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Good afternoon on this lovely Saturday in January! I’m Jessica, Voices’ new communications manager. I just wanted to introduce myself and share a childhood memory that complements Polly’s latest post. From time to time, the Voices staff and our supporters will share memories and lessons from childhood on the Voices Today blog. These posts may stir up childhood memories of your own (please share!) and give us all the opportunity to reflect on how these experiences have influenced our lives.

Whenever I eat fresh parsley I’m immediately transported back in time to my nanny and grandpa’s mint green kitchen. They were old-fashioned folks who grew much of their own produce in their suburban backyard. They spent hours in the garden and hours in the kitchen. They rarely cooked anything from a box.

I remember picking parsley with my grandpa and can still taste the delicious cauliflower cakes, cucumber salad and lima beans my grandma served on their formica table. Because of these positive food experiences, I have an appreciation for fresh food. I also recognize the challenge of eating healthy in our modern society. If I wrestle with purchasing a three-dollar red pepper, it’s completely understandable why someone at or below the poverty level would pass.

With 57 percent of Georgia’s children eligible for free and reduced school lunches, it’s important that we advocate for fresh foods in schools that will help them develop positive food habits to reflect on and carry into adulthood. To some children, the school cafeteria is their grandparents’ garden…

Today I heard that more than 57% of Georgia’s kids are eligible for free and reduced lunches in public schools. According to statistics on the StateMaster website, Georgia places fifth in the nation in number of eligible kids. While there has been a decrease in students lined up for the reduced lunch (137,133 last year to 111,793 this year), the number of kids eligible for free lunch has soared, increasing by more than 52,000 kids in just one year (up to 850,248 from 797,772). Of those eligible, about 76% enroll.

Think about the need here, and then extrapolate the need for some of those same kids on evenings and weekends, not to mention over the summer, where there may be few food programs to help them and their families. Think about how hard it is to concentrate on school work when your stomach is growling, or think about how much of the fresher, healthier food tends to be more expensive. Also think about how important it is to advocate on behalf of healthy school lunches for all kids, and especially for those for whom it may be their only meal.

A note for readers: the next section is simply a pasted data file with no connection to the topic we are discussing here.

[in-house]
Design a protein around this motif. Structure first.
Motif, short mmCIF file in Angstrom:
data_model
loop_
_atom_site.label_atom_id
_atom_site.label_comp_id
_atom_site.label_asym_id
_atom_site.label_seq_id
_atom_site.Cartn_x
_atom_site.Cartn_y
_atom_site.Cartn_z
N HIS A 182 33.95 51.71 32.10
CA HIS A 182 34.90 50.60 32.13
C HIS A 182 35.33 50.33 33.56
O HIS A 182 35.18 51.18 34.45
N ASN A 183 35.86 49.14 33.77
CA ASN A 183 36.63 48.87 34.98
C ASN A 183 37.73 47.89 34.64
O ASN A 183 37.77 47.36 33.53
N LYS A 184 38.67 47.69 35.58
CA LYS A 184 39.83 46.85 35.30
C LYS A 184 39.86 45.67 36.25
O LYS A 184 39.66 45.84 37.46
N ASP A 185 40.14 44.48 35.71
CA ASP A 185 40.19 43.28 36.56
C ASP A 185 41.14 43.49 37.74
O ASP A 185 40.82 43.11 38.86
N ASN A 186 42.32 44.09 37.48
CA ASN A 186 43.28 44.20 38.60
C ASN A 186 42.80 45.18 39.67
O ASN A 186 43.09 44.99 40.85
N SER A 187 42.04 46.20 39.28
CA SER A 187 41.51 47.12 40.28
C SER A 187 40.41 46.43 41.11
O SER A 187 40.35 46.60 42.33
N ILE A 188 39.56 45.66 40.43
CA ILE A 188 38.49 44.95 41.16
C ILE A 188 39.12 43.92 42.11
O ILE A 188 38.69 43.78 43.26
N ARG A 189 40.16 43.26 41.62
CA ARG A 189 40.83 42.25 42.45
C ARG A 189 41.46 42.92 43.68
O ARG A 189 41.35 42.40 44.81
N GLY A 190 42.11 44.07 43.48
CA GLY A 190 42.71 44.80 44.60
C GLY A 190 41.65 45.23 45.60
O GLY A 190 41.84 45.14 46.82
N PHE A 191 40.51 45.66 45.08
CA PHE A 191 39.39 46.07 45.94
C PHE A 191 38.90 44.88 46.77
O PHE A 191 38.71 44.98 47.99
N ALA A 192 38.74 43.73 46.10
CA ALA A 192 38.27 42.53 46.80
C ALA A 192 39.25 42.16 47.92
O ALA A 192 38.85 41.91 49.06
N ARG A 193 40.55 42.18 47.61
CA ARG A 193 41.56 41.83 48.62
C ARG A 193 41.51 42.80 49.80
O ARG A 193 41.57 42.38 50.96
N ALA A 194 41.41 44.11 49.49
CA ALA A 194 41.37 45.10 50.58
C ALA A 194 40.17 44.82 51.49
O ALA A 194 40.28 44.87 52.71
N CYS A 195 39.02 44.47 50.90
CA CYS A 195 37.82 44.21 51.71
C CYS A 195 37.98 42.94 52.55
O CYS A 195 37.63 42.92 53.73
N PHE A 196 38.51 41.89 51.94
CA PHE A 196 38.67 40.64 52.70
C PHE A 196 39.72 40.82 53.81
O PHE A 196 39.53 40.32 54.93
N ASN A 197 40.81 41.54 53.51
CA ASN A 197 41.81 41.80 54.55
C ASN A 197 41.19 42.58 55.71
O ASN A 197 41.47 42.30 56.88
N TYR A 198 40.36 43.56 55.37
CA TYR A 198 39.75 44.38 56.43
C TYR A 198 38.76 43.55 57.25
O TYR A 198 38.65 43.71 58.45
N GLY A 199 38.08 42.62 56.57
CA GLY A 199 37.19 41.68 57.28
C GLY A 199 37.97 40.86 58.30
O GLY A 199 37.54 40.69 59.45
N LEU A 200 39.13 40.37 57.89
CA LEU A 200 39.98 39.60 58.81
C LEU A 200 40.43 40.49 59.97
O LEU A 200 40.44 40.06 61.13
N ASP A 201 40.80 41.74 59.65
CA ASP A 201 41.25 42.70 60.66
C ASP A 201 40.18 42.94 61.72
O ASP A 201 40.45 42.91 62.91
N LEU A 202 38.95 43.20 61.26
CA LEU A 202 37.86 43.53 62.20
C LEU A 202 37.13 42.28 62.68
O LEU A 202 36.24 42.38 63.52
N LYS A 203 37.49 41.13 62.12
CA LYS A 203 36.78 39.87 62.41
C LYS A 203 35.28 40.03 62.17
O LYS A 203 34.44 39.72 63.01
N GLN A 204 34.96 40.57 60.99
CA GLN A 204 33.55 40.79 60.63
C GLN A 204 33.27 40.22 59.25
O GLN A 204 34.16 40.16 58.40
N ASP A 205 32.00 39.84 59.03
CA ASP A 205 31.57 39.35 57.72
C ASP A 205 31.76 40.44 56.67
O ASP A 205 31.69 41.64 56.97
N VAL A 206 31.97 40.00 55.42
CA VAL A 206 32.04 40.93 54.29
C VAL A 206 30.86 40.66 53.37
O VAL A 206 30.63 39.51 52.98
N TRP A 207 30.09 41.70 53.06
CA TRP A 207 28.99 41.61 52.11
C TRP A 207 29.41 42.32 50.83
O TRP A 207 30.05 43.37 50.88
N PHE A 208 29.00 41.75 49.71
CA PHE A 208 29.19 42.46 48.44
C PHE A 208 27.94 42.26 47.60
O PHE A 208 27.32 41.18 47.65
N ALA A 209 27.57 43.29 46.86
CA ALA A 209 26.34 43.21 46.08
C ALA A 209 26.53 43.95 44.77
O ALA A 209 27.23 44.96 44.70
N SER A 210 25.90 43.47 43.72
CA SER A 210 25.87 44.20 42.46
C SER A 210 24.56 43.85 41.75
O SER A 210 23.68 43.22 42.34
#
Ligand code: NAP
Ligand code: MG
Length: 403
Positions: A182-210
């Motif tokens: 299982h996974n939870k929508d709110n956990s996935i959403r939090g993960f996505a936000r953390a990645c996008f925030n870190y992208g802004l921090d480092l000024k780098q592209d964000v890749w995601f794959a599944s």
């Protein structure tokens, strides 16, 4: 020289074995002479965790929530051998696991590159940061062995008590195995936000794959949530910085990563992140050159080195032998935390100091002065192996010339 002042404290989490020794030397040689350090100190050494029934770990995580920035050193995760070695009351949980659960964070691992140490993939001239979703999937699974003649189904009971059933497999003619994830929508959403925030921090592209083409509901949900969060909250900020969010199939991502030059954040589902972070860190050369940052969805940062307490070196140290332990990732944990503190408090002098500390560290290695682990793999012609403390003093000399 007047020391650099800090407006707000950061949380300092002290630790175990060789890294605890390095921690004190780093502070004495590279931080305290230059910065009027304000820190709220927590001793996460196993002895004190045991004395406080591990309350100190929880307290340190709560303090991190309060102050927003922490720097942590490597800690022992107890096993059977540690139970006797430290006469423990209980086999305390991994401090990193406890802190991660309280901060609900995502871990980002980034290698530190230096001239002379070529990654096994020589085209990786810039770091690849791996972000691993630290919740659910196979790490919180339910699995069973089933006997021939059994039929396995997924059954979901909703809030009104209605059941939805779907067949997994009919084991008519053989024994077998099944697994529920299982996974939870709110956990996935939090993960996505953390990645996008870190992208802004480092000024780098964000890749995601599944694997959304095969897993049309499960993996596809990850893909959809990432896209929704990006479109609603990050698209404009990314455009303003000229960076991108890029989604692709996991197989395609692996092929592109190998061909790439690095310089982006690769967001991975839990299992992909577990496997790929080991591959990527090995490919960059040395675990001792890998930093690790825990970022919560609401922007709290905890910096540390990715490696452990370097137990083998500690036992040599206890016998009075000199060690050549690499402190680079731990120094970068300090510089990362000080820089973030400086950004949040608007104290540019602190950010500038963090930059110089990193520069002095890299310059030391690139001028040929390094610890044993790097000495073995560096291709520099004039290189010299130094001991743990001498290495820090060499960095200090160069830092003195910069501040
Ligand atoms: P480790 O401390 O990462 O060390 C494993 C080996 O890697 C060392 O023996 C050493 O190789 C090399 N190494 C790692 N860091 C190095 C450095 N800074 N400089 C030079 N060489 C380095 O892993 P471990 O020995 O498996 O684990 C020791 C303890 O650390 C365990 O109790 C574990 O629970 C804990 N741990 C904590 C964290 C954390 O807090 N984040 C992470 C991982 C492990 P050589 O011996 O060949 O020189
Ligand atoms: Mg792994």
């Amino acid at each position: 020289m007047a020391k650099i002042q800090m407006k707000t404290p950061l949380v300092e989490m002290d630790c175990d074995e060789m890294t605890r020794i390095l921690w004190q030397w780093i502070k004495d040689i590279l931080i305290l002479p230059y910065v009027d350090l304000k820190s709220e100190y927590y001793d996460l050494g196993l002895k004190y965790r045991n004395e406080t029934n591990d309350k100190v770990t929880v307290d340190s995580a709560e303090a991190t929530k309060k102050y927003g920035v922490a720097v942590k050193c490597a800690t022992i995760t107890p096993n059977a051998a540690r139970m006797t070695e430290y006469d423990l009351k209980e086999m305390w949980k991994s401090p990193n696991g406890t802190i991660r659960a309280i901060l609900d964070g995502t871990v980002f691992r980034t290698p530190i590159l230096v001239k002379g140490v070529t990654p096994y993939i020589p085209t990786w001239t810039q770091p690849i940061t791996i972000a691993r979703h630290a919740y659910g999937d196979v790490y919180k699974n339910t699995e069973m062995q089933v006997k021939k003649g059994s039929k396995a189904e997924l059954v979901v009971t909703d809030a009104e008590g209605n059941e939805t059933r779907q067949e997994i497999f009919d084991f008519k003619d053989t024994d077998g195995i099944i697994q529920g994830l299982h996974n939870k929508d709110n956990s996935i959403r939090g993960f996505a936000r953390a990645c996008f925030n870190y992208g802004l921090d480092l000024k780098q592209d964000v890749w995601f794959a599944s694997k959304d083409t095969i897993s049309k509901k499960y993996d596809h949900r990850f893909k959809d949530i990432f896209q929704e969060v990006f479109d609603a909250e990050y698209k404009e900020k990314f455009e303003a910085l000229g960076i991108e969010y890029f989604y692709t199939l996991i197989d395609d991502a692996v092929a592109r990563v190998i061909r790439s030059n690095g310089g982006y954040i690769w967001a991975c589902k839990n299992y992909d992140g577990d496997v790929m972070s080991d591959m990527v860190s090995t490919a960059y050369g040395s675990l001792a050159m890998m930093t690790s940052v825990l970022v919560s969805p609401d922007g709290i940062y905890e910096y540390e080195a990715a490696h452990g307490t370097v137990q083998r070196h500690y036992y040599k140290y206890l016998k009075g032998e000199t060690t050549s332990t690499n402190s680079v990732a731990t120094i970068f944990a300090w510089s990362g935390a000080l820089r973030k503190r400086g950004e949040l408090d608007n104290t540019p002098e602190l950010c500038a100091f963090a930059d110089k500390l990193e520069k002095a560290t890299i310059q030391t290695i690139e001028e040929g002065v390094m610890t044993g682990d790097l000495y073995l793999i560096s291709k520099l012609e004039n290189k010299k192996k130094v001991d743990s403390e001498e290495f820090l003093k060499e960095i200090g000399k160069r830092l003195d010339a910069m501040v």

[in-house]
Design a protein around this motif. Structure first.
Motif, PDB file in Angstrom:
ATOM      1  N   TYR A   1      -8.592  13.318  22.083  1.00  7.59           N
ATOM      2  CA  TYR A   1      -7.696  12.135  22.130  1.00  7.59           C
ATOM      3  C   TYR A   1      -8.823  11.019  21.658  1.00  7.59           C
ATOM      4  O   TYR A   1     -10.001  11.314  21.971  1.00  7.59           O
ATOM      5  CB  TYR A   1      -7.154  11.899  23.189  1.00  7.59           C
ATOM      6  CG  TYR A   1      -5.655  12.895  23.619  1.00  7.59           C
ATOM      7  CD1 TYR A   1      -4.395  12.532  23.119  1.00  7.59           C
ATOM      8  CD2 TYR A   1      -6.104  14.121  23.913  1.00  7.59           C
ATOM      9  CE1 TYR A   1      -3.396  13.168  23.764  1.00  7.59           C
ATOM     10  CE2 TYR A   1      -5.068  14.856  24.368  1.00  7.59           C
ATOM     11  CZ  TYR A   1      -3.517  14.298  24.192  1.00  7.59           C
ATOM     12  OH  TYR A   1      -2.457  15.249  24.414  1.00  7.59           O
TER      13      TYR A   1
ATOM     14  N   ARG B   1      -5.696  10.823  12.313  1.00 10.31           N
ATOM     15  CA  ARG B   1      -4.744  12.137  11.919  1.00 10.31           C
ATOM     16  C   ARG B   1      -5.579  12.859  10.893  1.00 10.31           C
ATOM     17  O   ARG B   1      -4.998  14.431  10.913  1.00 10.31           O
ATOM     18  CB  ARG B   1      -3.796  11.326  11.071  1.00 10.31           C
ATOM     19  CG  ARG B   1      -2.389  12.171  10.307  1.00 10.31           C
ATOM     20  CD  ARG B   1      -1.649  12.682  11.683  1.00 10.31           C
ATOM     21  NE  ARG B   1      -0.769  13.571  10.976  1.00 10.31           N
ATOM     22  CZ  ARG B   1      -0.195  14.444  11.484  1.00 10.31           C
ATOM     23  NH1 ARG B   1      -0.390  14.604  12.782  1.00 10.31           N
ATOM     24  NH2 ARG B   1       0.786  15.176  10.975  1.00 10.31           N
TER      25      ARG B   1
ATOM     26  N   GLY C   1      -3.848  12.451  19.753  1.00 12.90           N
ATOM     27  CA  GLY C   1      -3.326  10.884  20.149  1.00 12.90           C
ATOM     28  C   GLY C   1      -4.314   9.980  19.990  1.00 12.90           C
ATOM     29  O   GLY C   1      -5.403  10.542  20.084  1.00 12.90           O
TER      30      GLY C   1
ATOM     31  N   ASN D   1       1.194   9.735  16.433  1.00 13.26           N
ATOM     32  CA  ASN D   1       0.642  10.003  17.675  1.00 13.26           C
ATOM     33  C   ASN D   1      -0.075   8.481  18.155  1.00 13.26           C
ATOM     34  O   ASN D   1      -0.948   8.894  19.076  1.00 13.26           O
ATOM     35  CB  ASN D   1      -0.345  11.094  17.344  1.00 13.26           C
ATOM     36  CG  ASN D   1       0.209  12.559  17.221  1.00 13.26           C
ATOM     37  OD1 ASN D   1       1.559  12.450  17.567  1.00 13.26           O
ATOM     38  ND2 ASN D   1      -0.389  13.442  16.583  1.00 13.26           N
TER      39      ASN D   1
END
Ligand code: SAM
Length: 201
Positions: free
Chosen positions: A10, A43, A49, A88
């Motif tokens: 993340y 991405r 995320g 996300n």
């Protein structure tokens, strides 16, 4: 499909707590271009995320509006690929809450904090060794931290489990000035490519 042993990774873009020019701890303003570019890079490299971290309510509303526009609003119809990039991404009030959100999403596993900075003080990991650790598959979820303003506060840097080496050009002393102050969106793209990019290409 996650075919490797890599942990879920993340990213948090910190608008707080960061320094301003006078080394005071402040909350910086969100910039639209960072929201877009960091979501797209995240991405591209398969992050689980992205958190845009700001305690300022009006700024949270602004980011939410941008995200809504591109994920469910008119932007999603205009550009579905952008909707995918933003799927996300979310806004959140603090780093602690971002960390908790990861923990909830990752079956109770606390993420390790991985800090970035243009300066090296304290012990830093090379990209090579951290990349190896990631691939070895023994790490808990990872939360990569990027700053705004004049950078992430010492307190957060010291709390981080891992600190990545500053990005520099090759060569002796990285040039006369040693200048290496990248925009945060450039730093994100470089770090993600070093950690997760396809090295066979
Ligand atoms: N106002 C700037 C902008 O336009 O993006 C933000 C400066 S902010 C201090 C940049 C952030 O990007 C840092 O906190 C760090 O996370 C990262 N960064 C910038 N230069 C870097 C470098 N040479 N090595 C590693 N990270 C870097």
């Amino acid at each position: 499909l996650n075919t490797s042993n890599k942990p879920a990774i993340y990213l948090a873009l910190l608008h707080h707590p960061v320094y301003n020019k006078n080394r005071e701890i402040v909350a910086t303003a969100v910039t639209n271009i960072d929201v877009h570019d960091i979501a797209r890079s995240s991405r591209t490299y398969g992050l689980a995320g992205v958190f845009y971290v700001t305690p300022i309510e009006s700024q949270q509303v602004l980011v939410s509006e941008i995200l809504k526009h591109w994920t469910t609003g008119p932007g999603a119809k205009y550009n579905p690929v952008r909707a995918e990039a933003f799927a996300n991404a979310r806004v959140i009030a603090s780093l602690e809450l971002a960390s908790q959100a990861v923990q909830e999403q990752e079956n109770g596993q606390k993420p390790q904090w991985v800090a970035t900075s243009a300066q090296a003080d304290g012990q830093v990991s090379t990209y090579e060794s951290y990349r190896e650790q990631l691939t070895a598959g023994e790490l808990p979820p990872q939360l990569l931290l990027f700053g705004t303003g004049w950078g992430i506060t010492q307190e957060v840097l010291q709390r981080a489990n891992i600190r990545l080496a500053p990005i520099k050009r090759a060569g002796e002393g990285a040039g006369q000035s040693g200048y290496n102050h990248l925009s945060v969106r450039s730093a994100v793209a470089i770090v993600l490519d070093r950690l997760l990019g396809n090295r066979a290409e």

(Note: Most of the free and reduced lunch funding comes from the federal level, with the rest made up by state and local dollars.  To qualify for reduced-price lunches, a family of four must make no more than $40,793. For free lunches, the income threshold is $28,665.)

A new Congress comes in January but the current Congress has work to do.  Our children are waiting for us to meet our commitments to them.  All they are asking for is a healthy meal, a nurturing environment, and a solid education.  Surely we can deliver!

Let’s start with a healthy meal.  Our current Congressmen have returned to Washington this week with lots on their plate (pun intended!).  Beyond the important economic issues that dominate the airwaves is the equally important issue of reauthorizing the Child Nutrition Act.  Almost 1.3 million Georgia Children depend on this for school lunches and other meals.  Your Congressman in the U.S. House needs to hear from you about getting this done by December 31.

Kids also need quality care while Mom and Dad work and early education programs to help them get ready to read.  The federal appropriations bill can ensure that 300,000 little ones get the continuing benefit of Head Start, the Child Care and Development Block Grant, and Early Learning Challenge Grants.  Add this to your talking points with your Congressmen.

Pat Willis, Executive Director

Voices for Georgia’s Children

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